Michael Murphy: Architects’ liability – managing risk in an increasingly challenging environment



Michael Murphy
Michael Murphy

Michael Murphy, a litigation partner at HOMS Solicitors, writes on liability for breach of care and duty of architects and technicians who certify works under the Building Control (Amendment) Regulations (BCAR).

With the economic recovery unfolding and an increasing focus upon procuring good quality residential and commercial developments, the services of architects are now very much “in demand” again. The concern for architects is that, between new Regulations and recent developments in case law, they also face increasingly difficult challenges in terms of risk management and mitigation.

Building Control (Amendment) Regulations

The purpose of the Building Regulations and Building Control Regulations is to promote good practice in the design and construction of buildings in the interest of the health, safety and welfare of all those who use them. Following the Priory Hall controversy, on 1st March 2014, the Building Control (Amendment) Regulations came into effect. They apply to:

  • Construction of a new dwelling;
  • Any extension to a dwelling involving a total floor area of more than 40m²;
  • Works to which Part III of the Building Control Regulations apply (those requiring a fire safety certificate).

The BCAR requires four certificates at different stages of the construction process:

  • Certificates of Compliance for:
    • Design;
    • Undertaking by Assigned Certifier;
    • Undertaking by Builder; and
  • A two-stage Certificate of Compliance on Completion – Part A completed by the builder and Part B by the certifier.

The role of ‘certifier’ accordingly carries significant obligations. The Certificate of Compliance (Undertaking by Assigned Certifier) contains an undertaking by the certifier to use reasonable skill, care and diligence to inspect the building or works and to coordinate the work of others following the implementation of an inspection for compliance with the Building Regulations.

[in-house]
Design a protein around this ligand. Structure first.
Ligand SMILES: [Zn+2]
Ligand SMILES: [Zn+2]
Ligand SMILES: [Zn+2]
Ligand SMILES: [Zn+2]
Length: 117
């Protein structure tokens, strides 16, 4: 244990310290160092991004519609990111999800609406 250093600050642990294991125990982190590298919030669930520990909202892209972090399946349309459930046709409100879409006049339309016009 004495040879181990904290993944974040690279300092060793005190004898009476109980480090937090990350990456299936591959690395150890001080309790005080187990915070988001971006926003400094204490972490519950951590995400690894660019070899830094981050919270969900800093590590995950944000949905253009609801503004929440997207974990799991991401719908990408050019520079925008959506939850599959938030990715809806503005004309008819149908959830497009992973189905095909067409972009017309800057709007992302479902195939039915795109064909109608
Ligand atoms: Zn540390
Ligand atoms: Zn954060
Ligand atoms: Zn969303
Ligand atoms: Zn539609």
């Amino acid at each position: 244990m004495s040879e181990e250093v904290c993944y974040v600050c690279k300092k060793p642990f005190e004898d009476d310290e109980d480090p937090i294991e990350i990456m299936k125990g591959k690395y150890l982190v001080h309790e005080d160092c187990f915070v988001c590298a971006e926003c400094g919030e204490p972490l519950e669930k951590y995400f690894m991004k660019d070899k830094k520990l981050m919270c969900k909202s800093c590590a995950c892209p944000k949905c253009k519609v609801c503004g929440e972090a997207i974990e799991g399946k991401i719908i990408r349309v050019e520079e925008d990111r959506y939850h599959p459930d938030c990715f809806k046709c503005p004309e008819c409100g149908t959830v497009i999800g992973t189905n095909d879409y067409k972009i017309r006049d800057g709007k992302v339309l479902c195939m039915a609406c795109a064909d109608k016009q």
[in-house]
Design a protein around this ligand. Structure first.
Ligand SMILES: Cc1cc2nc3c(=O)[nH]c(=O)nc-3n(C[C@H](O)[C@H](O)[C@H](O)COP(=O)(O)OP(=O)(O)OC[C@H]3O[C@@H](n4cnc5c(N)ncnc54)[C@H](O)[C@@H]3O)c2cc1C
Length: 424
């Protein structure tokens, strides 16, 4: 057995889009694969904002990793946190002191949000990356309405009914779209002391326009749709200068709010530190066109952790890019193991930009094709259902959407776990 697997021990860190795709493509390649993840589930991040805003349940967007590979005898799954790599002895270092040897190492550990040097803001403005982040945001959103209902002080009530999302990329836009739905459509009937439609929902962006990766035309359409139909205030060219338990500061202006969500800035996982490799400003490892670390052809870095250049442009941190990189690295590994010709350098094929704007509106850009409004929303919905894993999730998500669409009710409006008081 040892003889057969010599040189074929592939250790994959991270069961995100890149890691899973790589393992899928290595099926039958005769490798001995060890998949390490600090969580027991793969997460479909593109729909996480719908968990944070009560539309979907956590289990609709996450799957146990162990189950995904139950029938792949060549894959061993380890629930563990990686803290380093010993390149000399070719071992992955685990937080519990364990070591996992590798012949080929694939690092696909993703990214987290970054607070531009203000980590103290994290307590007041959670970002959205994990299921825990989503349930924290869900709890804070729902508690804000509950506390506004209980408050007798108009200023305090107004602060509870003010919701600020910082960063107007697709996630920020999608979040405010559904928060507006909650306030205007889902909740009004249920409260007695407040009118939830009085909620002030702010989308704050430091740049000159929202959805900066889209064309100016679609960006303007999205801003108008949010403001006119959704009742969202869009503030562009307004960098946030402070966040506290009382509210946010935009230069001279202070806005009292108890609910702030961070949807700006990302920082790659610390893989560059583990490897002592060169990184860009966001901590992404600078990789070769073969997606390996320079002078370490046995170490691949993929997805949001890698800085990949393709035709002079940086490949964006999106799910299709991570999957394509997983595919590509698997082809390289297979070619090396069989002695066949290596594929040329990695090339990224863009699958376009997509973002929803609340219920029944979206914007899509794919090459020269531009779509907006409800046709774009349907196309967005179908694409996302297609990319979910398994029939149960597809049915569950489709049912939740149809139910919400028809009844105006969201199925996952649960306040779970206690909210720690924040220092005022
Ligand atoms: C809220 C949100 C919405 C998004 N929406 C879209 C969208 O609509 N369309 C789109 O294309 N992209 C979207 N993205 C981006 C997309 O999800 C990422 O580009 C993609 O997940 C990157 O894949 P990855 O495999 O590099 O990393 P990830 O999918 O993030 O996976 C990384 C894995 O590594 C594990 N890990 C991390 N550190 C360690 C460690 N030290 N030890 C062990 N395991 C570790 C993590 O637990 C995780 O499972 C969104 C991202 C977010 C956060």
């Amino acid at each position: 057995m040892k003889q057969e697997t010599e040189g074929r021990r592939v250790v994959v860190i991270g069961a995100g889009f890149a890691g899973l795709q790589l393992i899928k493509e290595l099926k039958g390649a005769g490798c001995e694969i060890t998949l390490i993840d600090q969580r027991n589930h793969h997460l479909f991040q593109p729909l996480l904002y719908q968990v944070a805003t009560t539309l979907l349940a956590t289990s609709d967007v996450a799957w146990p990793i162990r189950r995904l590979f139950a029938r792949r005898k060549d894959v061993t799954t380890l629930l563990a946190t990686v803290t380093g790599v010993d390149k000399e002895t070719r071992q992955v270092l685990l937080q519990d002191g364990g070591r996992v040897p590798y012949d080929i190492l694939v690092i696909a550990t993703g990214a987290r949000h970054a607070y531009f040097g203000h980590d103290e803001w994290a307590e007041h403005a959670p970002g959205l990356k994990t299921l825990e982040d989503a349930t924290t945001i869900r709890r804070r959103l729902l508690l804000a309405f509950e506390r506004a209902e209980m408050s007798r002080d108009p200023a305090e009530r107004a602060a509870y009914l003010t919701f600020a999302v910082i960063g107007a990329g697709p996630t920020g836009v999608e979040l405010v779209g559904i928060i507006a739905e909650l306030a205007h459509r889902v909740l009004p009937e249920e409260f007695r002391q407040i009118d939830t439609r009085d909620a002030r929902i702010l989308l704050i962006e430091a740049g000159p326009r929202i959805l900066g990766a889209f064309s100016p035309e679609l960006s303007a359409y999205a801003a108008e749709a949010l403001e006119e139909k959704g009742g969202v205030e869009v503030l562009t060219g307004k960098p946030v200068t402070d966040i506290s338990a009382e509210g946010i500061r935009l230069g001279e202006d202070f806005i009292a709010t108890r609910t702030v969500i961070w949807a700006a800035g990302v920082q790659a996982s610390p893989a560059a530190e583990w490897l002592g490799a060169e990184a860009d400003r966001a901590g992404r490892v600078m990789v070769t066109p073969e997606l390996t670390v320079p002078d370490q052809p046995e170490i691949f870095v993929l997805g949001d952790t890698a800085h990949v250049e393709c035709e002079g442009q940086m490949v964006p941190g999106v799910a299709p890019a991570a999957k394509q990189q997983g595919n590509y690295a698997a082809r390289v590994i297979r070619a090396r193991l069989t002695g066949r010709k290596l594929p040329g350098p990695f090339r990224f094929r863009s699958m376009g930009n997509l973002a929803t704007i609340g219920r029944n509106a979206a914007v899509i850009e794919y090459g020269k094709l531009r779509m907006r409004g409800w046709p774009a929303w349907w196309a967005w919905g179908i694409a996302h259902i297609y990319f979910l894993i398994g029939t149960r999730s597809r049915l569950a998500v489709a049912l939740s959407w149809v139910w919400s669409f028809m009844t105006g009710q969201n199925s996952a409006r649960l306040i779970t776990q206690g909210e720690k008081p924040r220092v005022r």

Similarly, Part B on the Certificate of Compliance on Completion requires the certifier to confirm that the inspection plan has been undertaken with reasonable skill, care and diligence and to certify, having exercised reasonable skill, care and diligence, that the building or works is in compliance with the Building Regulations.

BCAR also operates in conjunction with the Code of Practice for Inspecting and Certifying Buildings and Works. The fact that the party providing the certificate is obliged to “certify” means that they must be more definitive in their view that there is compliance with Building Regulations as they may otherwise be liable for damage caused by any errors.

Recent case law

For instance, whilst pre-dating the latest changes, in the recent case of McGee v Alcorn and Friel, the High Court considered the plaintiffs’ claim for damages against an architectural technician who had negligently certified building works; it transpired that the foundations were defective and laid on unsuitable ground. Cracking appeared in the building which required underpinning.

The High Court found in favour of the plaintiffs and awarded them the entirety of the costs of underpinning the foundations, €75,000 in damages for the diminution of value of the property and €25,000 in general damages for distress and inconvenience. The court emphasised that it was fair, just and reasonable that certifiers would be under a duty of care towards such purchasers.

Separately, the Supreme Court has also recently addressed the question of the duration of potential liability in tort for a certifier in the case of Brandley v Deane and Lohan; the foundations were negligently built and certified in 2004, the damage was manifest in late 2005 but the proceedings did not issue until November 2010. The court was asked to consider if the plaintiffs were “out of time”. The court determined that the plaintiffs’ cause of action in tort only accrued when the damage manifested in December 2005 and so they had six years within which to bring proceedings as and from that date such that, when the proceedings were issued in November 2010, they were still within time. This can be contrasted with the discoverability rule in personal injuries cases.

Outlook for architects

In view of the regulatory regime and the above cases, it is clear that any architect certifying works will have to take particular care in demonstrating that they acted with skill, care and diligence in satisfying themselves that it was appropriate to issue the certificate – not least as it may be many years before proceedings issue, depending on when any damage to the property manifests itself.

HOMS Solicitors

  • Michael Murphy is a litigation partner at HOMS Solicitors. View his profile here.